As for joining the panels together securely, while I had been designing and building the structure itself I had used colour-coded pipe cleaners. However I didn’t feel that they were strong enough for the end result. Plus the fluffiness holds smells, and they didn’t look very neat anyway. For a while I considered using garden wire, as I use the stuff a lot for rodent cage things anyway. And while that would have been a viable option for most of the joins, it may have created a slight safety issue at the hinge side of the fully opening half of the roof.
Instead I decided to splurge some money on proper cage-building supplies. While you can buy J-clips and pliers in the UK, the cost of the pliers alone are more than the total cost of importing everything from the US. The wait wasn’t too bad since the newly painted cage had to air for a couple of weeks anyway so as to ensure that all smells had safely dissipated. The J-clips wrap fully around the bars without any sharp edges at all. They’re very rigid and strong for adding support, while still allowing some rotational movement for hinge joins.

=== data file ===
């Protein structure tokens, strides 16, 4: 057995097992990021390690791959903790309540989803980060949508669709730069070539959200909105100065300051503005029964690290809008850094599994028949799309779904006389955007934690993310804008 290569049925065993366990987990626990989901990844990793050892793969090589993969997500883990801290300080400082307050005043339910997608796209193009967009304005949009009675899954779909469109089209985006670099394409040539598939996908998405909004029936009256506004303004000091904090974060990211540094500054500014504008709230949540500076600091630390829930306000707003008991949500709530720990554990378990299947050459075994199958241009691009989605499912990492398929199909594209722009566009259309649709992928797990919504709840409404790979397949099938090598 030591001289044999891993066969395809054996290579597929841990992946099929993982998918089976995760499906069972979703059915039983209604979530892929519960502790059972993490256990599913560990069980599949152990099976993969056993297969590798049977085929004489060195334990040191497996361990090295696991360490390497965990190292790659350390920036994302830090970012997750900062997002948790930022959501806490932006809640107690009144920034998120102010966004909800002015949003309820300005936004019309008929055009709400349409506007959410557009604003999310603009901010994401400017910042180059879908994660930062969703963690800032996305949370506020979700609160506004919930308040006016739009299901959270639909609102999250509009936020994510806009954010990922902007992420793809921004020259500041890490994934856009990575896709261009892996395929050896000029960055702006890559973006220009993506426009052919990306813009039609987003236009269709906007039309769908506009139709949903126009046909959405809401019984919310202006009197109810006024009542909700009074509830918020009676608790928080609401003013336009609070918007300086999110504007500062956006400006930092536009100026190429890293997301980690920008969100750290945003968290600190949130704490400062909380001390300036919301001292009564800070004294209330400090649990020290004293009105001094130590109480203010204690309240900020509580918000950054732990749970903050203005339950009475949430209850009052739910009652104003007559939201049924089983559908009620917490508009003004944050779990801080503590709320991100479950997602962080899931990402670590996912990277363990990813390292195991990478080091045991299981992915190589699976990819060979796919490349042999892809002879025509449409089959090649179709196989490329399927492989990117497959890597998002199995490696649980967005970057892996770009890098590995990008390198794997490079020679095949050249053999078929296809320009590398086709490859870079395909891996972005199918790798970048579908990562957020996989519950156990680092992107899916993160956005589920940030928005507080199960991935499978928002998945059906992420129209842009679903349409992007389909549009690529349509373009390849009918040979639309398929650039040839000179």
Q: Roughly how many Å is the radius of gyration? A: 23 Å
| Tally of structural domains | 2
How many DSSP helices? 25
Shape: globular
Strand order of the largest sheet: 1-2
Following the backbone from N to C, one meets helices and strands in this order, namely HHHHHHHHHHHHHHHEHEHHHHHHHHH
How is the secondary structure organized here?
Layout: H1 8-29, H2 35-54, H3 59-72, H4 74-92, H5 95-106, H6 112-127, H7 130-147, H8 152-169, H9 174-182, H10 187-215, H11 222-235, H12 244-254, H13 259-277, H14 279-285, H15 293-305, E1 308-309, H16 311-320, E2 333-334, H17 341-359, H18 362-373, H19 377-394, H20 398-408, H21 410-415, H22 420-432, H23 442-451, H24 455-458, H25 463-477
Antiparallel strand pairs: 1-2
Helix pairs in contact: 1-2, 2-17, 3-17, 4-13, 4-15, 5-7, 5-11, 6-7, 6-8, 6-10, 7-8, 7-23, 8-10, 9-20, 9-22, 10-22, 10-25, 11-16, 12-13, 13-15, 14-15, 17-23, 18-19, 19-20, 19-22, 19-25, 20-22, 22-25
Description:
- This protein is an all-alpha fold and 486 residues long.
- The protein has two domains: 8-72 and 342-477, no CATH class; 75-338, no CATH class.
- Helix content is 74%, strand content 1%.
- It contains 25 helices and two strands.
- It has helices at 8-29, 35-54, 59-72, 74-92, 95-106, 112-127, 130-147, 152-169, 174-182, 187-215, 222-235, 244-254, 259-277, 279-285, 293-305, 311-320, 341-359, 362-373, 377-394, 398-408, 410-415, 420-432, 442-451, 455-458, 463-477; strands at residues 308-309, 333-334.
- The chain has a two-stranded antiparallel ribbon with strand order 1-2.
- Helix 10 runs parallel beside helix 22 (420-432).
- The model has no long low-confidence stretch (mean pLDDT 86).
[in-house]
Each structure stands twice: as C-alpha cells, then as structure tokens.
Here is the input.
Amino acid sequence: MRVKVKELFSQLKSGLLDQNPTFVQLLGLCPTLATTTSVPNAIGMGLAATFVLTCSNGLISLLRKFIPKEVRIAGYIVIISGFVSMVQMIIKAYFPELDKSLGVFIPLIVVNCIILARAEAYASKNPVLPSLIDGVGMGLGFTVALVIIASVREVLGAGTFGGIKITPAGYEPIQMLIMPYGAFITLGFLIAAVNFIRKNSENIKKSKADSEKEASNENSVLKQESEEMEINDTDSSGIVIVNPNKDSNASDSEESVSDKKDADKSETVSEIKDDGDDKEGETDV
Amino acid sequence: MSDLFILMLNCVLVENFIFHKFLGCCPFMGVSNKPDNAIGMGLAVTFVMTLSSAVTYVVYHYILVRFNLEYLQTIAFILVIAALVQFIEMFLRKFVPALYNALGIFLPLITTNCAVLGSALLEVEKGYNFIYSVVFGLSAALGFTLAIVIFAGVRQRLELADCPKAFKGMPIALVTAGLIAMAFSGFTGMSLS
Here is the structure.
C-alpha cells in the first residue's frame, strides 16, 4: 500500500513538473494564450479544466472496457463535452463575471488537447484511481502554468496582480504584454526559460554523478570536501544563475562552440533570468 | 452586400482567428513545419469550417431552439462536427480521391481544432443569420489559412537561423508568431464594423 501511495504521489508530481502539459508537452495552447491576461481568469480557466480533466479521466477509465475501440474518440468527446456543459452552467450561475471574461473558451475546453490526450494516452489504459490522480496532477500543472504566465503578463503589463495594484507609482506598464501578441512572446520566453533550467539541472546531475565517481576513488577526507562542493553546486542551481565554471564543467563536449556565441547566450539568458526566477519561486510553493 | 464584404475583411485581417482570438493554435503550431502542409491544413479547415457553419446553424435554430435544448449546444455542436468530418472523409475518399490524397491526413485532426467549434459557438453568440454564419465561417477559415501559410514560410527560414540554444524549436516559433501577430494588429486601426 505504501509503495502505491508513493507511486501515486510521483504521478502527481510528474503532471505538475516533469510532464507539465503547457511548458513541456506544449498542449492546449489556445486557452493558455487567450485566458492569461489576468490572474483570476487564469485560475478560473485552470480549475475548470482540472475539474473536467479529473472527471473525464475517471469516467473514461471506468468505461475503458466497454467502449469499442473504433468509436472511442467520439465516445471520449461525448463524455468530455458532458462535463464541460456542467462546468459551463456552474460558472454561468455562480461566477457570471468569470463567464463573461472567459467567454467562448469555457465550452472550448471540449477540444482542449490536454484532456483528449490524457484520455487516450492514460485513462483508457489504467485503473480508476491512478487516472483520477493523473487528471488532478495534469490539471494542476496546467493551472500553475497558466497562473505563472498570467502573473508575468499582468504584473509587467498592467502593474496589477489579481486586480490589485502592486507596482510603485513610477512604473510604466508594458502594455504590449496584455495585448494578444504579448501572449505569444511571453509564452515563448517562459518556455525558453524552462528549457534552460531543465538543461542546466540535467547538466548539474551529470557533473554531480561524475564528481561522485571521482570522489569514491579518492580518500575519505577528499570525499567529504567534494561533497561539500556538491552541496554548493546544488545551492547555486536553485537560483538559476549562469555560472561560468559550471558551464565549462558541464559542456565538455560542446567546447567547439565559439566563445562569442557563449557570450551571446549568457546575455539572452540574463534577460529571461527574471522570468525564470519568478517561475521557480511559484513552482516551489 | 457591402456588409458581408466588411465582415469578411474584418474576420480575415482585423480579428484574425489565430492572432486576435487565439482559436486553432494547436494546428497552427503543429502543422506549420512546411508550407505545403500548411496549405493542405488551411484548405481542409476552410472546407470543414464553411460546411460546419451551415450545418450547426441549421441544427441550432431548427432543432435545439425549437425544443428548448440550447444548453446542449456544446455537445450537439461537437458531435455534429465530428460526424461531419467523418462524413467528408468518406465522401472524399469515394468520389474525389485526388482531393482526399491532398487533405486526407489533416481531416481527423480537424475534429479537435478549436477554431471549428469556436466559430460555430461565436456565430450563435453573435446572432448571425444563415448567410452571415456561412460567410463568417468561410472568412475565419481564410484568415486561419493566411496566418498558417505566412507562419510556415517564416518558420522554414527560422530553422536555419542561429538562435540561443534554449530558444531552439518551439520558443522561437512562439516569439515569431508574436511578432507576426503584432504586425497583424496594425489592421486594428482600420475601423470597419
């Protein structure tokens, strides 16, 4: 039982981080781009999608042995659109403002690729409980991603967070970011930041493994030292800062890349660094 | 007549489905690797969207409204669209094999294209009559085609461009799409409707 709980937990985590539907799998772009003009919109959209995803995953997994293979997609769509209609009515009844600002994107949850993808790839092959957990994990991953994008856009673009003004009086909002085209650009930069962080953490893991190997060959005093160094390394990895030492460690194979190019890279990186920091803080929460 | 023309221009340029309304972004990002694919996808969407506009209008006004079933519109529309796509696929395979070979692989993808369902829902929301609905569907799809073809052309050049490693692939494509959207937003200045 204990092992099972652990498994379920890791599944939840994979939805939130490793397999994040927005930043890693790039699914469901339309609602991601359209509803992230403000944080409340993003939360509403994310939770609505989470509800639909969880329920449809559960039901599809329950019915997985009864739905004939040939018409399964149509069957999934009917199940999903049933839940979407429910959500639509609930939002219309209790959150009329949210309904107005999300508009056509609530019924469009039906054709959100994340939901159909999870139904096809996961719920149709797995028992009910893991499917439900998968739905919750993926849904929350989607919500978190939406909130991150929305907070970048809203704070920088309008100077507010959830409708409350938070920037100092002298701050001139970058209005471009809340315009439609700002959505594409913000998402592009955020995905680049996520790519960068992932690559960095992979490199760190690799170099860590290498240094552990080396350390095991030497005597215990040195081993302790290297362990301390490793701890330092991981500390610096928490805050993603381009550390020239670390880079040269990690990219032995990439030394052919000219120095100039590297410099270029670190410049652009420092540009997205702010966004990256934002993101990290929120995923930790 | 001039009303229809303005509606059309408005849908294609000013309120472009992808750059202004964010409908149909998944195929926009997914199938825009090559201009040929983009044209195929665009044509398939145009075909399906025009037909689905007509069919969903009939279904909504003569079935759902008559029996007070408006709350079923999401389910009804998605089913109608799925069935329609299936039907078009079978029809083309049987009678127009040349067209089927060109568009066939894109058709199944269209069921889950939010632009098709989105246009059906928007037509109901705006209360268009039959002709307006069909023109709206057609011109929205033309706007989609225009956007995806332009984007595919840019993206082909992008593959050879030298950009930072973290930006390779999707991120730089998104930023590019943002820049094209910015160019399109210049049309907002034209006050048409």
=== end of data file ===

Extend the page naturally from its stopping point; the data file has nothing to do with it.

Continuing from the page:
It would be a lie to say that attaching the J-clips was super easy. Some of the bars I was joining were slightly too thick as a pair. And it turns out that removing them is really super challenging and involves pliers and swearing. Why was I removing them? Well it turns out that putting the inaugural line of J-clips along the one bit of cage you don’t want them is a stupid idea. That line of the cage now has 4 mini bulldog clips instead. Because yes, that was the edge of the door that was meant to open fully. Everything works much better now that the main door isn’t firmly fixed closed.
- Tank, £20
- J-clips and pliers, £23.30
- Plastikote, £2.99
- Paint brush, 30p
Total cost: £46.89